What started as a cute hand-rolled healthy treat business has quickly become one potentially dependent on machines that I could not have possibly anticipated because you will recall that I have zero experience in food preparation or retail food shelf life. A good idea might feel like the most important bit but it really just opens up a can that is full of the other 90 per cent that makes a product actually viable.
Here is my other 90%:
Nutritionals – Price tag $300 per SKU
Less machine but definitely an unexpected expense and something I could not do myself so it might as well be generated by a machine. In this case, generated by George Brown. These are the labels usually on the reverse of packages to explain the contents of whatever is in said package. They explain portion and calories, vitamin content and fats, etc, etc. They are a requirement of the Canadian Food Inspection Agency but don’t tell that to every retailer at a farmer’s market and some not so small retailers (cough…cough Summerhill Market). Let’s say it is all a little “loosey goosey” but I decided if I was going to do this, I was going to do it right so invested in the nutritionals for each flavor on offer from the get go.
Shelf Life – Price tag $3000 per SKU
George Brown also has a super chamber that can simulate foods’ exposure to moisture, sunlight and other elements to determine shelf life. So cool. But so expensive. Do you want to know how I figured out shelf life? I left the balls on the counter in a sealed and then unsealed bag. I tasted a ball everyday. I, too, can be a super chamber.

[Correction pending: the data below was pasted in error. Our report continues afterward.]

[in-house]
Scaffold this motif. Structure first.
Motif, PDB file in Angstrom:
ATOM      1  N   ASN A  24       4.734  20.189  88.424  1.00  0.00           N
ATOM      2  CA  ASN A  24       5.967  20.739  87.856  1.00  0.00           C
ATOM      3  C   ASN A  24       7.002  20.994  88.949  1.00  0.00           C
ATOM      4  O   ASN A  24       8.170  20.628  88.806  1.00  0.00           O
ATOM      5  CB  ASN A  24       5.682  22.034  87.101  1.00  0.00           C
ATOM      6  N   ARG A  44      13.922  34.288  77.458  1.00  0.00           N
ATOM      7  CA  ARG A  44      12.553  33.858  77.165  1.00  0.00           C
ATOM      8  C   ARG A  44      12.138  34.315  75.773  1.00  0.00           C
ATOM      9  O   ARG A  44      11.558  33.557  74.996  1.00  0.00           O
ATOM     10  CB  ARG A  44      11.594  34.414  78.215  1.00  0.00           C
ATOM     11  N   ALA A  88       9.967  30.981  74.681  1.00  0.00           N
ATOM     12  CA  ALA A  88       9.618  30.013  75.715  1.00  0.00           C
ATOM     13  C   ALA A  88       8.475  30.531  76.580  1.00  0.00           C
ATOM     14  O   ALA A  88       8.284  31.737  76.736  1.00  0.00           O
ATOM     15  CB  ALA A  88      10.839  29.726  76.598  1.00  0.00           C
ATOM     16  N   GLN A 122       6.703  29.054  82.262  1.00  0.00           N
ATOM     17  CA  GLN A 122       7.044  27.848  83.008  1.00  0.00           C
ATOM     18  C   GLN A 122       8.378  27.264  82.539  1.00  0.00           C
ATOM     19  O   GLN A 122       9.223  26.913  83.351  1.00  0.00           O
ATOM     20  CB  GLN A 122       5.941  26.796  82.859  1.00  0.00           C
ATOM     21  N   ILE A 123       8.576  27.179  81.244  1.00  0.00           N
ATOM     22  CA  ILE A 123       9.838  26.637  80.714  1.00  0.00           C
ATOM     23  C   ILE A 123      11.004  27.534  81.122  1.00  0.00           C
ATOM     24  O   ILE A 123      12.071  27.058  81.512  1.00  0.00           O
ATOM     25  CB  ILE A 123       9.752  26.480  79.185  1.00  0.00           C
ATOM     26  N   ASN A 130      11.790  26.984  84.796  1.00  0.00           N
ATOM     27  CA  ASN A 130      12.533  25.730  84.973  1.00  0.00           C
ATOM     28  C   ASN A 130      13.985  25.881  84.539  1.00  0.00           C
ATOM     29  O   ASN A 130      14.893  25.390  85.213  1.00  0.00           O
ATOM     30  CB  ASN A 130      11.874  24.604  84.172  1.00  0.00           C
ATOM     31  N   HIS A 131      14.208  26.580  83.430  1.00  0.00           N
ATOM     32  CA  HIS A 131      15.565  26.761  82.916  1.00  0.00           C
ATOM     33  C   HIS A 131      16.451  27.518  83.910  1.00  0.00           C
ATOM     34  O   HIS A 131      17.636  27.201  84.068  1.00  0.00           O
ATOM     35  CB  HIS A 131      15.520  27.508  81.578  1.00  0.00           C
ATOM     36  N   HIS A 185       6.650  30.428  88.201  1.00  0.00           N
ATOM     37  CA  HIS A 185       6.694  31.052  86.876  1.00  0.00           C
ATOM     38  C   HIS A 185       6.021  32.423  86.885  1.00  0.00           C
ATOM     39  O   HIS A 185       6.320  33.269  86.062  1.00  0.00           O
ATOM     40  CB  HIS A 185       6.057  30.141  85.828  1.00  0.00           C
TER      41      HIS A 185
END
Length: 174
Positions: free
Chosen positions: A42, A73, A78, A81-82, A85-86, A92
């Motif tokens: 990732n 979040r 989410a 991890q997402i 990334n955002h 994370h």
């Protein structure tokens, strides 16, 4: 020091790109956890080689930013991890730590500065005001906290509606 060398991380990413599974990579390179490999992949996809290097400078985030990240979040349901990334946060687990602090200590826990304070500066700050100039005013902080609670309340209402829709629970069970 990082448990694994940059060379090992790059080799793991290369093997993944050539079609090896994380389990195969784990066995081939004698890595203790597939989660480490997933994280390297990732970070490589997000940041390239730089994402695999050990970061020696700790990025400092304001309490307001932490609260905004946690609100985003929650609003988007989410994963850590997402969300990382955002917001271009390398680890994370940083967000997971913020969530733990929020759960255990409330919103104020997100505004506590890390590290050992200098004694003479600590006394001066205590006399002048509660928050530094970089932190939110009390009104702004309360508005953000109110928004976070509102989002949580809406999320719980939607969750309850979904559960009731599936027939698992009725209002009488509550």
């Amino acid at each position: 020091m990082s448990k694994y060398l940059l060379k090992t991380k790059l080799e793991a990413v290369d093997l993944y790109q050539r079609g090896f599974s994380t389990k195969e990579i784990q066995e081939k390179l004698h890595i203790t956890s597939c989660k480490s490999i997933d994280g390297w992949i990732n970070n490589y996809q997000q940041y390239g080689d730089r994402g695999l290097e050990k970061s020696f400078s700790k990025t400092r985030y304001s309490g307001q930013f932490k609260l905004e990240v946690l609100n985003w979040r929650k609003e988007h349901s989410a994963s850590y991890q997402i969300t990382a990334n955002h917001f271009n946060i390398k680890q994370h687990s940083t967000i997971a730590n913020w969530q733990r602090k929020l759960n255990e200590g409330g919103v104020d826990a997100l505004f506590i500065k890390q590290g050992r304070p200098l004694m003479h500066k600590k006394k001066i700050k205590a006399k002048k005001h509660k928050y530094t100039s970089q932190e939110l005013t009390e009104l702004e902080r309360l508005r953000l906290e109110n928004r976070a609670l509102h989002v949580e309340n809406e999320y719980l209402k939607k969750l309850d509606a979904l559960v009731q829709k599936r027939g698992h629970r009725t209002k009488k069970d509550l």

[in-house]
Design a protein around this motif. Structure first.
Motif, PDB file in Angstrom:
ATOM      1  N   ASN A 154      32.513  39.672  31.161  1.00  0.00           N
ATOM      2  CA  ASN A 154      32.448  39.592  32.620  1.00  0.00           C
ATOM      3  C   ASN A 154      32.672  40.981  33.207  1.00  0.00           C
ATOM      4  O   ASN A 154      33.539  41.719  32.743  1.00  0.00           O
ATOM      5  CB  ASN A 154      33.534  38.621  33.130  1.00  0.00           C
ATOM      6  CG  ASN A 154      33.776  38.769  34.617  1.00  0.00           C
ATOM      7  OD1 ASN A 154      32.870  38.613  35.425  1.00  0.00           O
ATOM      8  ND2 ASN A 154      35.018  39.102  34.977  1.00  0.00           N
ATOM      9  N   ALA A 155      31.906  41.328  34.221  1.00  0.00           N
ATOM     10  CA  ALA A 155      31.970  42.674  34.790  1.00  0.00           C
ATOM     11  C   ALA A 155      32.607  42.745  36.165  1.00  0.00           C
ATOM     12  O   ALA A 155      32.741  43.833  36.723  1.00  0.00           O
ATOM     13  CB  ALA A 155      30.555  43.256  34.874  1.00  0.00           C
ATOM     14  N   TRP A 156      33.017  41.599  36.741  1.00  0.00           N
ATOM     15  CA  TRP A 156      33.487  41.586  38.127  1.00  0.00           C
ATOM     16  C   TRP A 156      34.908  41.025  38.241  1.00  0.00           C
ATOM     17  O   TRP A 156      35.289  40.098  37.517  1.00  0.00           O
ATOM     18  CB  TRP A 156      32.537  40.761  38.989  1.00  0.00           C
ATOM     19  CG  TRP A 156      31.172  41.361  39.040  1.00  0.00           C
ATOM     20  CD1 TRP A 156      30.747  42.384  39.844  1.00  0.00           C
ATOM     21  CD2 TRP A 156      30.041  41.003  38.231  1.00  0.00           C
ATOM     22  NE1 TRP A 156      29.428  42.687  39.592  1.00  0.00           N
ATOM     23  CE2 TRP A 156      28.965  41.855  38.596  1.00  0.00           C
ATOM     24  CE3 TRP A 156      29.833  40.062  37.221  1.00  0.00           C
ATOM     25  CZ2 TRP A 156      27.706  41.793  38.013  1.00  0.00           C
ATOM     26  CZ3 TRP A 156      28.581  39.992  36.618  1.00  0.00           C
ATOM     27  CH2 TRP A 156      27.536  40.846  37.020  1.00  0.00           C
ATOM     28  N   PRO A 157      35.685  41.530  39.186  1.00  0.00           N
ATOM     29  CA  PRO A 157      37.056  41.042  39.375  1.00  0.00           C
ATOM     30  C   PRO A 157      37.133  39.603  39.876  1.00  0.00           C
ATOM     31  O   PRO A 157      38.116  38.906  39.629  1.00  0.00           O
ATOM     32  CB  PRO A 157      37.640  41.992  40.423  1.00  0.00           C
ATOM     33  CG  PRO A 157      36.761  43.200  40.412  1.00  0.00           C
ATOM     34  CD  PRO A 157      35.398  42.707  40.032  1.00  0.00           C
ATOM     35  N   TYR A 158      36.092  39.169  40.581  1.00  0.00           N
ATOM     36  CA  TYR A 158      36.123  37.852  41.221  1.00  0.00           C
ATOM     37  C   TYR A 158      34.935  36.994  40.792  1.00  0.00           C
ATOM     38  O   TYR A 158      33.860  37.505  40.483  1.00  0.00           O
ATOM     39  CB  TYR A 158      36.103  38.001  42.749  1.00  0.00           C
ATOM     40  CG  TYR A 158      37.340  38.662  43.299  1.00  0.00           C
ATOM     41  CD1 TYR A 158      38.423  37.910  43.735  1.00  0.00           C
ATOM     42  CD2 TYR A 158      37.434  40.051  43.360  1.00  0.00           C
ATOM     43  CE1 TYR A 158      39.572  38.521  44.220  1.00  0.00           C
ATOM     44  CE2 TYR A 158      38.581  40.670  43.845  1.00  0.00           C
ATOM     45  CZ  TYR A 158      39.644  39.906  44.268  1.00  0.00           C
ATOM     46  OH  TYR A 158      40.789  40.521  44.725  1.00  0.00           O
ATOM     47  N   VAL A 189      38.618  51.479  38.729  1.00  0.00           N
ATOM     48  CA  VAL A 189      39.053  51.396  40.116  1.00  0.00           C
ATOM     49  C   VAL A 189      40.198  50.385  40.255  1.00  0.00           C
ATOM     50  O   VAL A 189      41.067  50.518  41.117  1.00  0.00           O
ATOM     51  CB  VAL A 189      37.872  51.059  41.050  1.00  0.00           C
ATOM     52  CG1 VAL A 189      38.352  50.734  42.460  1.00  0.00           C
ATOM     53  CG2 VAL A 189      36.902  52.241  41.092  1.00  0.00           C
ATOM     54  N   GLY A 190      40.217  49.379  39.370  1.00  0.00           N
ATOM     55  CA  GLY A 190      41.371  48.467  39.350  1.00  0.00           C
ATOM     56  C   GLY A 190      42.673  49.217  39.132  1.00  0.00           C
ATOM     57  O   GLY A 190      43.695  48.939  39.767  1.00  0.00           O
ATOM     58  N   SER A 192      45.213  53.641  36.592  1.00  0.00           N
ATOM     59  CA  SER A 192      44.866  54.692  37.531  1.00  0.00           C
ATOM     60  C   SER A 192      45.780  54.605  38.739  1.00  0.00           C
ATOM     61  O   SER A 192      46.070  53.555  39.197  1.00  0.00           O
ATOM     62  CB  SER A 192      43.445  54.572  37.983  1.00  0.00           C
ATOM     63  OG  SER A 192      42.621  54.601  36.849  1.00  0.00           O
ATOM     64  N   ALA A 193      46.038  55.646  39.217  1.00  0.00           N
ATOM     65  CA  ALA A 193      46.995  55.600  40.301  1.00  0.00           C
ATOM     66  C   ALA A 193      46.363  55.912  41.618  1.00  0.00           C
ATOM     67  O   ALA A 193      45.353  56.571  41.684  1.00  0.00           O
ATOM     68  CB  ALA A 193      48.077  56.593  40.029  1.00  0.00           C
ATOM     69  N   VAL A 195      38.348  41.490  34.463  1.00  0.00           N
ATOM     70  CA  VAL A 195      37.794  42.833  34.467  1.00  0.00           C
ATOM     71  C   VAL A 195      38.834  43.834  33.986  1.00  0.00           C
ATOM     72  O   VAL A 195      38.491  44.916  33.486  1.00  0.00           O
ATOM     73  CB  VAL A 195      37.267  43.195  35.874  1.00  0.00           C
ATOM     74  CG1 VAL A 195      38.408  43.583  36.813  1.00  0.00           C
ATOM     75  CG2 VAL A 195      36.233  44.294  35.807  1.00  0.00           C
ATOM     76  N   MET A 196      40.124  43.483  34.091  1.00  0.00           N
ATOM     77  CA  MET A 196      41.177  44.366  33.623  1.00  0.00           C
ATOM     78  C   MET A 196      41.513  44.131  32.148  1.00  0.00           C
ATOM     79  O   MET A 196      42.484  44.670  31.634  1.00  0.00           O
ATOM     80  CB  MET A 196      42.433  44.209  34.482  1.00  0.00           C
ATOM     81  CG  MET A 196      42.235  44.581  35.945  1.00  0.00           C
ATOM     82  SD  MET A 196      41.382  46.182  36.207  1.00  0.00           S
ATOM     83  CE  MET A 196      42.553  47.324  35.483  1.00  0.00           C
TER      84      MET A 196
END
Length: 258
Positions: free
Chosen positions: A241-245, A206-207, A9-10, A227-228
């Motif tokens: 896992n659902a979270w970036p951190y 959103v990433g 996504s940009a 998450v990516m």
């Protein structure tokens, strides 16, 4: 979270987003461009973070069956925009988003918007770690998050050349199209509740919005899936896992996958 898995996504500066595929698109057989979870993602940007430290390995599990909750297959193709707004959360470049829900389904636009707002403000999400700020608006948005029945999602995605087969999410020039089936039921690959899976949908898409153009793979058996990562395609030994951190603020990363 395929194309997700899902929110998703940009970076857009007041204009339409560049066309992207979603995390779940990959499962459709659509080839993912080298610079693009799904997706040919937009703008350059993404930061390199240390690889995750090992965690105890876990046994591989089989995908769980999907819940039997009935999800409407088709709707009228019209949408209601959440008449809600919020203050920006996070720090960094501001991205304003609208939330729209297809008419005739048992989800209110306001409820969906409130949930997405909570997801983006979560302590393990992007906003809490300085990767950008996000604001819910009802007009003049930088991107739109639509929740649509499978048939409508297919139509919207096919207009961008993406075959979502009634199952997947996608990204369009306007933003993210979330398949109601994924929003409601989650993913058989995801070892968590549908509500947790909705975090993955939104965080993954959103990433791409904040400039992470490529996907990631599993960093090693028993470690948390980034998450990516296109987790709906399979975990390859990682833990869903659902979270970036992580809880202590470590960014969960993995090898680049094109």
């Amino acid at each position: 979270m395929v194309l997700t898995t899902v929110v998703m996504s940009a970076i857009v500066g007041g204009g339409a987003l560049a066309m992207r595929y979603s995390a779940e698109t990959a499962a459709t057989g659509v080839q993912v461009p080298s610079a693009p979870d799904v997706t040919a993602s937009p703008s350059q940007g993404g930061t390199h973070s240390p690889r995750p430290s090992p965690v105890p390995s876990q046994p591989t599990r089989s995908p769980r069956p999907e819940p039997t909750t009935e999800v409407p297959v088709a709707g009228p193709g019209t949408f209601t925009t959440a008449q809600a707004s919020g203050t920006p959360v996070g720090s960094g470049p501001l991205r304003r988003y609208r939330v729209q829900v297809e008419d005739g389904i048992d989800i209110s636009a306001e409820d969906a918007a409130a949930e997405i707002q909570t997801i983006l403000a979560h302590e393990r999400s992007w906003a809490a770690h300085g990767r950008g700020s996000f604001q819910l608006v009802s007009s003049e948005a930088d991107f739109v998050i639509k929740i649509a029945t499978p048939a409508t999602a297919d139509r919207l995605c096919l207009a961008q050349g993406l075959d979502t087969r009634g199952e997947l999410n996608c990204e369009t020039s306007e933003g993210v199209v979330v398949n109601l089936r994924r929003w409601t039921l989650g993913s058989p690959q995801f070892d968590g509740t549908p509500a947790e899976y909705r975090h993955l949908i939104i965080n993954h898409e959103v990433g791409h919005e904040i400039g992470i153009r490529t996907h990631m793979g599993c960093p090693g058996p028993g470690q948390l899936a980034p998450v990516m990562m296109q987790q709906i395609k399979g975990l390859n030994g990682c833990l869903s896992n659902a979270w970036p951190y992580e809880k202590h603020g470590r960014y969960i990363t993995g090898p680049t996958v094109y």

Nitrogen What? – Price tag $1499.00
While I didn’t think I needed a vacuum sealer that could potentially squish my balls (insert snicker here), I have learned I actually do need a nitrogen flush that can only happen after some moderate vacuuming. Nitrogen flushing removes the oxygen from a package and replaces it with a combo of nitrogen and oxygen. This gas flush maintains freshness in a package until it is opened and can continue to an increased shelf life that is apparently king with retailers. I get it. Less perishable = less waste.
Food Processor - $1235.00
My sweet girl Bessy, a 3.5 quart Cuisinart food processor, has been with me since the beginning of time and has created every single recipe for SisBoomBah. It needs desperately to be replaced. I can only make a single batch at a time – around 75 balls – which seems to suit for now but as I grow, she’s a speed bump. Phase two for food processing is coming very quickly.